Designed for high-end home security by Cernium Corp., Archerfish(r) Solo is an affordable analytics based surveillance solution that can tie in central station monitoring.
Photo credit: Photo courtesy Cernium
Let's be honest. Several years back no one wanted to touch analytics, or if they did they weren't sure if they could rely on them for an installation without having a constant headache in the way of false alarms or customer call backs. Now, more than ever, it's safe to say its become an integrator's friend, helping with license plate recognition and people counting and other specific tasks that handily get the job done and add incredible value to an installation-just in time.
The black eye on the technology that permeated the industry has disappeared and advancements in the way of new algorithms and software have helped make it a much more reliable technology that targeted properly, satisfies a variety of end-user specifications. Is it ready for mainstream? It could very well be. Case in point is a product designed for high-end home security by Cernium Corp., Reston, Va., called Archerfish(r) Solo. It's affordable video surveillance that uses Homeland Security technology and artificial intelligence in the camera, which actually 'thinks' and pays close attention to unexpected events. The camera looks for what you tell it to look for and will only send alerts on what you request. Whenever something out of the ordinary happens, Archerfish Solo sends video alerts to mobile phones or e-mail addresses, which is a beautiful way of managing alarms. Users can log onto a Web portal to view live or event video, change preferences or manage users from any Internet-connected computer, iPhone or Android.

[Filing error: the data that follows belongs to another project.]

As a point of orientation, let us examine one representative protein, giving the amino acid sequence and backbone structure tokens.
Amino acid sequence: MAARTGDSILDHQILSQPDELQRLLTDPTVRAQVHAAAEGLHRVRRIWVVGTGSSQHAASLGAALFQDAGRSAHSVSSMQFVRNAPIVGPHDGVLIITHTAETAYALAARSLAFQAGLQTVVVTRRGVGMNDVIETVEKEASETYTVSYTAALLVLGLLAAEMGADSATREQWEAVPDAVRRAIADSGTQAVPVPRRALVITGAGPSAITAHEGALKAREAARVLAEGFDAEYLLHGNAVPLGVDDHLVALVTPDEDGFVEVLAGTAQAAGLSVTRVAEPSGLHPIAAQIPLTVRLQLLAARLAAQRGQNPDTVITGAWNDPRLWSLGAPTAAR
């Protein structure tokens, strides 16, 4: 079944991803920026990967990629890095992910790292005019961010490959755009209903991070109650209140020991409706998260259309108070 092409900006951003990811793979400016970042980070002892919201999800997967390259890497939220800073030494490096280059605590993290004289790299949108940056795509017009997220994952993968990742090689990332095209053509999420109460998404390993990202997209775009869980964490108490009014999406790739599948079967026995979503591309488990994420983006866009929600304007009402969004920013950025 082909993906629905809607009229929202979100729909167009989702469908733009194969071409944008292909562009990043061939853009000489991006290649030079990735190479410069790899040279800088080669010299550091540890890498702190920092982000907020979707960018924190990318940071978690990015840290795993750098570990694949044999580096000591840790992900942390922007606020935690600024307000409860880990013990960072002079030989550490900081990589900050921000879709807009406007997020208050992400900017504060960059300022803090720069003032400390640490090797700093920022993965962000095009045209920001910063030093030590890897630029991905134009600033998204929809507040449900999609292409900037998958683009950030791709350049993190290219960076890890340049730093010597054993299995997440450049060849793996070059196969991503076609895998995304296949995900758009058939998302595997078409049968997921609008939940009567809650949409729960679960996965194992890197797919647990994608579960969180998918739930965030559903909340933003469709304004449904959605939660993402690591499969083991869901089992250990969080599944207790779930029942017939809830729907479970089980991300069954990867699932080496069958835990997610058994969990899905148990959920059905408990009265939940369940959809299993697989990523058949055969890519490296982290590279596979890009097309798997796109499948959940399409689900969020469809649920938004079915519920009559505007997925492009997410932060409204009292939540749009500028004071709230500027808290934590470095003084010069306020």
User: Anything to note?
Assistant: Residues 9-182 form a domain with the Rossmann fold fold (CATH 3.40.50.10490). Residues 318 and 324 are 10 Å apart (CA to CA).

For the professional installer crowd and central stations, Cernium introduced the CheckVideo Software Service. CheckVideo is a hosted intelligent video alarm verification solution that's integrated with central station automation software. It uses video analytics technology to look for pre-specified events and presents event video in real time to monitoring personnel, reducing false alarms, enabling priority response from the police with verified alarms and helping stop crimes in progress. The integrator installs CheckVideo at the site being monitored and connects it to the Internet, cameras and DVRs. CheckVideo allows integrators to offer more security and enhanced services to their customers, while increasing their monthly service revenue.
According to Craig Chambers, president and chief executive officer of Cernium, the analytics embedded in Cernium's products dynamically adapt to changes in the camera's field of view, so the days of tuning and adjustment are "long past." "Video analytics has become an enabling technology for an array of applications," Chambers said. "The video content analysis algorithms at the core of Archerfish are identical to those employed in Cernium's ExitSentry product for airport terminal security," he said. The perception-based analytics approach automatically tracks and classifies all the objects moving in the field of view; the user simply selects the kinds of objects and the patterns of movement that are to be reported. "There is no programming required in Archerfish," he continued. "All the configuration is done with point-and-click by simply drawing detection zones and checking boxes to specify what kinds of activities get reported to the user," he said. CheckVideo, he added, is sold to the alarm monitoring industry in support of all of its customers, both residential and commercial. It is currently compatible with Sureview, MicroKey, Bold and SIMS, with others in test.
Maturation point is now
According to Itsik Kattan, chief executive officer of Agent Video Intelligence (AgentVi), Rosh Ha'ayin, Israel, video analytics has matured over the past several years as a result of the penetration of IP video and increased security concerns, brought about by large scale deployments of hundreds and thousands of cameras.